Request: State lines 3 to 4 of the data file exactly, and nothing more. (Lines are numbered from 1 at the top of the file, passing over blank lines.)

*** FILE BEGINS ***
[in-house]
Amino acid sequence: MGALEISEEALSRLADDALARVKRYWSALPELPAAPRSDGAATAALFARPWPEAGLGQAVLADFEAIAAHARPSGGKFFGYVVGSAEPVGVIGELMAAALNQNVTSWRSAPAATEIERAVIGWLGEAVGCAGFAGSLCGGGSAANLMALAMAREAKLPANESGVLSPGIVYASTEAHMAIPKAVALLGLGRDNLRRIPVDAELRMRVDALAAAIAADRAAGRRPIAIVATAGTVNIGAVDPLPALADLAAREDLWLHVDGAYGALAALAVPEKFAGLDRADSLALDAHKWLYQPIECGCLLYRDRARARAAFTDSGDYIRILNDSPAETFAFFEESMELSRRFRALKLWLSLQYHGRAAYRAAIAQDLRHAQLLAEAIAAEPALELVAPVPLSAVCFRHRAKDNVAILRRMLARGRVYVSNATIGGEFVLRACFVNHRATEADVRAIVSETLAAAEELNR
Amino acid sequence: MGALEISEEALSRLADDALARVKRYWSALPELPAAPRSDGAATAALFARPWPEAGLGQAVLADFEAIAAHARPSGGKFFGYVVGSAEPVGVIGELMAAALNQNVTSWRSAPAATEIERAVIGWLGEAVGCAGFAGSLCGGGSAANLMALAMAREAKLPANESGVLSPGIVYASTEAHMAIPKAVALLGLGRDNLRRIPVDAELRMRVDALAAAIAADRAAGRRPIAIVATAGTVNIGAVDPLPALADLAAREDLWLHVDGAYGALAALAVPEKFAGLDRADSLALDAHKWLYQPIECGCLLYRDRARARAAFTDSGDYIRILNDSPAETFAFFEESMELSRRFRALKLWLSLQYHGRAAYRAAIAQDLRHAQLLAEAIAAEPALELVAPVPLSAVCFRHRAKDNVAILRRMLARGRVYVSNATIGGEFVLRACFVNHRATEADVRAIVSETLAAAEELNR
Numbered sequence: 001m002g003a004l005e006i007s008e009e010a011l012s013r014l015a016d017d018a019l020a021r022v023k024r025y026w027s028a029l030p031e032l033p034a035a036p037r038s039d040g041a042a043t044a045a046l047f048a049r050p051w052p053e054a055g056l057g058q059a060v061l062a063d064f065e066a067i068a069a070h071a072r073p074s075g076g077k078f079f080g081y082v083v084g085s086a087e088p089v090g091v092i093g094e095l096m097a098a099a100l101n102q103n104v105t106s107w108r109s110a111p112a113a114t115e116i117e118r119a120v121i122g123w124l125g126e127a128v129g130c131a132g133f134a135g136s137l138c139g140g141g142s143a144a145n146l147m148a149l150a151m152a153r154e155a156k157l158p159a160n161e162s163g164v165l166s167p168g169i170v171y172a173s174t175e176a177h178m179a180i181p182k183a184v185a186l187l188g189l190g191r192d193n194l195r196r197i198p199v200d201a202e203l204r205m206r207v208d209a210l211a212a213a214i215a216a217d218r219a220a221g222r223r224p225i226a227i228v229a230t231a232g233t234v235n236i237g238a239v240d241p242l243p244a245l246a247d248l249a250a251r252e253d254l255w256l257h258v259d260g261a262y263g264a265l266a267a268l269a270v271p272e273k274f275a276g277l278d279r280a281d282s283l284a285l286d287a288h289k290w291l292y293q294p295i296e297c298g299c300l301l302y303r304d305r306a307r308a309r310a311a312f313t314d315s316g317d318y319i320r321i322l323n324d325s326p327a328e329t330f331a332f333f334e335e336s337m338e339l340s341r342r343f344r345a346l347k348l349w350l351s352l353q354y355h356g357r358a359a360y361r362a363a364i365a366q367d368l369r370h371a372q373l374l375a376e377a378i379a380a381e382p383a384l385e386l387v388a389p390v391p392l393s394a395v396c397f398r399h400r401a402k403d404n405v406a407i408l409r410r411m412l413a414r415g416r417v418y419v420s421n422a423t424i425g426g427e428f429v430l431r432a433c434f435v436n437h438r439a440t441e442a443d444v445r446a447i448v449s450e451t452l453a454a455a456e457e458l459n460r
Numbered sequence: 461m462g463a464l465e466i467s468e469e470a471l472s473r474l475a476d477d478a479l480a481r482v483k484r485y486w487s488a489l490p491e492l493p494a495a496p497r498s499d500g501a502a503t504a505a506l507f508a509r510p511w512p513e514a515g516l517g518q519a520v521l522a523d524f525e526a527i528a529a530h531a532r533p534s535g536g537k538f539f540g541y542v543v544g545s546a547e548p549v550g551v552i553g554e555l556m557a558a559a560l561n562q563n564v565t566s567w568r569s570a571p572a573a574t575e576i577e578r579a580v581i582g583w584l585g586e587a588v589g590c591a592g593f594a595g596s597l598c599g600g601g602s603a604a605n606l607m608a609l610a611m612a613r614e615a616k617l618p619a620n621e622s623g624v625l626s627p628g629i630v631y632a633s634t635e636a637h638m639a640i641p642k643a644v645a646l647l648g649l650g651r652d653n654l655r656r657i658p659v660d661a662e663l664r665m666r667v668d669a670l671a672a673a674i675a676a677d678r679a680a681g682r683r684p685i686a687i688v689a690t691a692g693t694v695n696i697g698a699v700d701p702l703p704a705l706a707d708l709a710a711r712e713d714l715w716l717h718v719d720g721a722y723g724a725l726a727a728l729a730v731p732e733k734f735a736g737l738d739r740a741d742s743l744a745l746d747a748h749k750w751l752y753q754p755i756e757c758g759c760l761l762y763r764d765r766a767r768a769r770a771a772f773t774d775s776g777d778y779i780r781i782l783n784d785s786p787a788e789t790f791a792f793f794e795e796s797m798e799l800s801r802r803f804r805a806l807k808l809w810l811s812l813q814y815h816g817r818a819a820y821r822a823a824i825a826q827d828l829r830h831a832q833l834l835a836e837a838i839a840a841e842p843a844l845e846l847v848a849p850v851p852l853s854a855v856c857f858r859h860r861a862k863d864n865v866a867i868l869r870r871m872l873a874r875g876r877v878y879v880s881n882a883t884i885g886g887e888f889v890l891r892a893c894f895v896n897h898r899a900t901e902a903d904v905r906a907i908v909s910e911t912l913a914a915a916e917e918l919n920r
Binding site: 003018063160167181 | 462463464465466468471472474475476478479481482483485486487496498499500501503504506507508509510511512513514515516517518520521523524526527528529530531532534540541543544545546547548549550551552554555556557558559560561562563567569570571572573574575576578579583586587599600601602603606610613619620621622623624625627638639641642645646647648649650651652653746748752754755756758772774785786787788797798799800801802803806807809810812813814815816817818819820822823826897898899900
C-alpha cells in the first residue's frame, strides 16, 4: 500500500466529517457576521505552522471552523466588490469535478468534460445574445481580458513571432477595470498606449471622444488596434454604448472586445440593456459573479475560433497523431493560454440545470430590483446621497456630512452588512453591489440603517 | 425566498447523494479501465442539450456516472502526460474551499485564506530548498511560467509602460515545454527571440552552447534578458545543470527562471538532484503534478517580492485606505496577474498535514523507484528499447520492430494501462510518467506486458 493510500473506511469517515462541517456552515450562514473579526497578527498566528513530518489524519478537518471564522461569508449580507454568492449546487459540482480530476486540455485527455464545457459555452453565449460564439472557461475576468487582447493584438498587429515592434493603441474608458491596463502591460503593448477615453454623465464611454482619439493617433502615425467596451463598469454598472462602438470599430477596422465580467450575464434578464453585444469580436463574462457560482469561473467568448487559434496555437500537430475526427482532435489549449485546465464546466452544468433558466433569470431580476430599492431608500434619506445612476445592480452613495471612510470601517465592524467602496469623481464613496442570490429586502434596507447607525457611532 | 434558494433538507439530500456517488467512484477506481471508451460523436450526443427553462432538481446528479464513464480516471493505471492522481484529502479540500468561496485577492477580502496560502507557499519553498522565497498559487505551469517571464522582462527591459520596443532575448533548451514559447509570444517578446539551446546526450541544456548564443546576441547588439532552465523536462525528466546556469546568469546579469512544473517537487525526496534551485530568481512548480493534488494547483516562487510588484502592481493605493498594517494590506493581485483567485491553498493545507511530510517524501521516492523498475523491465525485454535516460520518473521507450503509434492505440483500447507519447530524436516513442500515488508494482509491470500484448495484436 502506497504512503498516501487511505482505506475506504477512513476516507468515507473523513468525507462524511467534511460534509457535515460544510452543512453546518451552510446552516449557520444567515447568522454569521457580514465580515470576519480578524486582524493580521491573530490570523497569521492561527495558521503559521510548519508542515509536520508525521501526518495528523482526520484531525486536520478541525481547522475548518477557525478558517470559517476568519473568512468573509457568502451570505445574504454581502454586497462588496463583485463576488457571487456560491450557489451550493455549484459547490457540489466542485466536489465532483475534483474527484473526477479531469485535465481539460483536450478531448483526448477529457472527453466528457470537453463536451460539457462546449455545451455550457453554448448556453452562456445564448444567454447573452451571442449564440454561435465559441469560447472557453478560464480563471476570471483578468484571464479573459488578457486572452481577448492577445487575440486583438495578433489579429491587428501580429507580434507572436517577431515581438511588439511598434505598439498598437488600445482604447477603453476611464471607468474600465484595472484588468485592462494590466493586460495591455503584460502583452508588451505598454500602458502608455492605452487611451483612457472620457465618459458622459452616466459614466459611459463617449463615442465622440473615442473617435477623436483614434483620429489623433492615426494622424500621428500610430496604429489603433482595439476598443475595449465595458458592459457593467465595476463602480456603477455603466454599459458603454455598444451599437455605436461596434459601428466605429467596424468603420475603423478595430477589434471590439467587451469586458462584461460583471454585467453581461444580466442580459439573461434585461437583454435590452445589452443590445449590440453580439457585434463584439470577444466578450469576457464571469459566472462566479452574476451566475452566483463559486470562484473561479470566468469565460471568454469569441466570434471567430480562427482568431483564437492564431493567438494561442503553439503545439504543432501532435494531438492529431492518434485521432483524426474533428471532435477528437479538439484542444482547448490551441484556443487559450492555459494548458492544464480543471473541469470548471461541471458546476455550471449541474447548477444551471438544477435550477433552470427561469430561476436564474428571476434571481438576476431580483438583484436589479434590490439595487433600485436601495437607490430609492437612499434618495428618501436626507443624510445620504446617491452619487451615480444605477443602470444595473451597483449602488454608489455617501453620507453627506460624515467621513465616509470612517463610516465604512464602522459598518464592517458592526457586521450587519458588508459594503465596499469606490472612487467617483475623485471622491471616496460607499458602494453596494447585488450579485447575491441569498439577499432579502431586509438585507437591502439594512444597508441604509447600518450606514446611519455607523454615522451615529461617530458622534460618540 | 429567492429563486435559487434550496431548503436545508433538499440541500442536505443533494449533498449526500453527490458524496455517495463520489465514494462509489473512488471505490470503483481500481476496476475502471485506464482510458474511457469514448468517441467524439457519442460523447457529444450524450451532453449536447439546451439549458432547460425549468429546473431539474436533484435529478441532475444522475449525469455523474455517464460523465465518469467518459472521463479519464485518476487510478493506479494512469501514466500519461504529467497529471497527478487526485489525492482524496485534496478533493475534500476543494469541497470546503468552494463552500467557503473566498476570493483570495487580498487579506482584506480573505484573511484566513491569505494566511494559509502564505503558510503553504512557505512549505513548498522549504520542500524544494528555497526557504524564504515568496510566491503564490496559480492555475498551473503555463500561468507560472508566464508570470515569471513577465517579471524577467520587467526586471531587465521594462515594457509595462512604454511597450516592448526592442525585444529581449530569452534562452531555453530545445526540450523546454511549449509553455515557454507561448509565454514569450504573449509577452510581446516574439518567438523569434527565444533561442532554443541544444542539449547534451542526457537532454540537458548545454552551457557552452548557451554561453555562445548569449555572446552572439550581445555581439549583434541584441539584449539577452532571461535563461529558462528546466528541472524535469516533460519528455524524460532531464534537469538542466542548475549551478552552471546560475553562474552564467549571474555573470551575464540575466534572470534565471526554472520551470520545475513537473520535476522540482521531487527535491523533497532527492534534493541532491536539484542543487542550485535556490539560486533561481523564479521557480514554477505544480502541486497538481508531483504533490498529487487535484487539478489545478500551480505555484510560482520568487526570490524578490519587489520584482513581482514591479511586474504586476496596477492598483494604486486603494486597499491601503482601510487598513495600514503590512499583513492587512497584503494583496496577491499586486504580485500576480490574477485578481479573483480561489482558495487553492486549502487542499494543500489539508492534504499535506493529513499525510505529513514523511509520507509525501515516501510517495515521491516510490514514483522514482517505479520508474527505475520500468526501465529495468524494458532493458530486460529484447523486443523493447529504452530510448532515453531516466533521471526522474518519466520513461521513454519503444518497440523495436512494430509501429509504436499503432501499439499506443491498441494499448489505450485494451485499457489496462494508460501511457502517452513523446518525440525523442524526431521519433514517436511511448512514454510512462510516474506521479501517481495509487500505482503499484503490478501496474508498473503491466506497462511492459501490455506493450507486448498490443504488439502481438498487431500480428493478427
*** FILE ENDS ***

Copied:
Amino acid sequence: MGALEISEEALSRLADDALARVKRYWSALPELPAAPRSDGAATAALFARPWPEAGLGQAVLADFEAIAAHARPSGGKFFGYVVGSAEPVGVIGELMAAALNQNVTSWRSAPAATEIERAVIGWLGEAVGCAGFAGSLCGGGSAANLMALAMAREAKLPANESGVLSPGIVYASTEAHMAIPKAVALLGLGRDNLRRIPVDAELRMRVDALAAAIAADRAAGRRPIAIVATAGTVNIGAVDPLPALADLAAREDLWLHVDGAYGALAALAVPEKFAGLDRADSLALDAHKWLYQPIECGCLLYRDRARARAAFTDSGDYIRILNDSPAETFAFFEESMELSRRFRALKLWLSLQYHGRAAYRAAIAQDLRHAQLLAEAIAAEPALELVAPVPLSAVCFRHRAKDNVAILRRMLARGRVYVSNATIGGEFVLRACFVNHRATEADVRAIVSETLAAAEELNR
Numbered sequence: 001m002g003a004l005e006i007s008e009e010a011l012s013r014l015a016d017d018a019l020a021r022v023k024r025y026w027s028a029l030p031e032l033p034a035a036p037r038s039d040g041a042a043t044a045a046l047f048a049r050p051w052p053e054a055g056l057g058q059a060v061l062a063d064f065e066a067i068a069a070h071a072r073p074s075g076g077k078f079f080g081y082v083v084g085s086a087e088p089v090g091v092i093g094e095l096m097a098a099a100l101n102q103n104v105t106s107w108r109s110a111p112a113a114t115e116i117e118r119a120v121i122g123w124l125g126e127a128v129g130c131a132g133f134a135g136s137l138c139g140g141g142s143a144a145n146l147m148a149l150a151m152a153r154e155a156k157l158p159a160n161e162s163g164v165l166s167p168g169i170v171y172a173s174t175e176a177h178m179a180i181p182k183a184v185a186l187l188g189l190g191r192d193n194l195r196r197i198p199v200d201a202e203l204r205m206r207v208d209a210l211a212a213a214i215a216a217d218r219a220a221g222r223r224p225i226a227i228v229a230t231a232g233t234v235n236i237g238a239v240d241p242l243p244a245l246a247d248l249a250a251r252e253d254l255w256l257h258v259d260g261a262y263g264a265l266a267a268l269a270v271p272e273k274f275a276g277l278d279r280a281d282s283l284a285l286d287a288h289k290w291l292y293q294p295i296e297c298g299c300l301l302y303r304d305r306a307r308a309r310a311a312f313t314d315s316g317d318y319i320r321i322l323n324d325s326p327a328e329t330f331a332f333f334e335e336s337m338e339l340s341r342r343f344r345a346l347k348l349w350l351s352l353q354y355h356g357r358a359a360y361r362a363a364i365a366q367d368l369r370h371a372q373l374l375a376e377a378i379a380a381e382p383a384l385e386l387v388a389p390v391p392l393s394a395v396c397f398r399h400r401a402k403d404n405v406a407i408l409r410r411m412l413a414r415g416r417v418y419v420s421n422a423t424i425g426g427e428f429v430l431r432a433c434f435v436n437h438r439a440t441e442a443d444v445r446a447i448v449s450e451t452l453a454a455a456e457e458l459n460r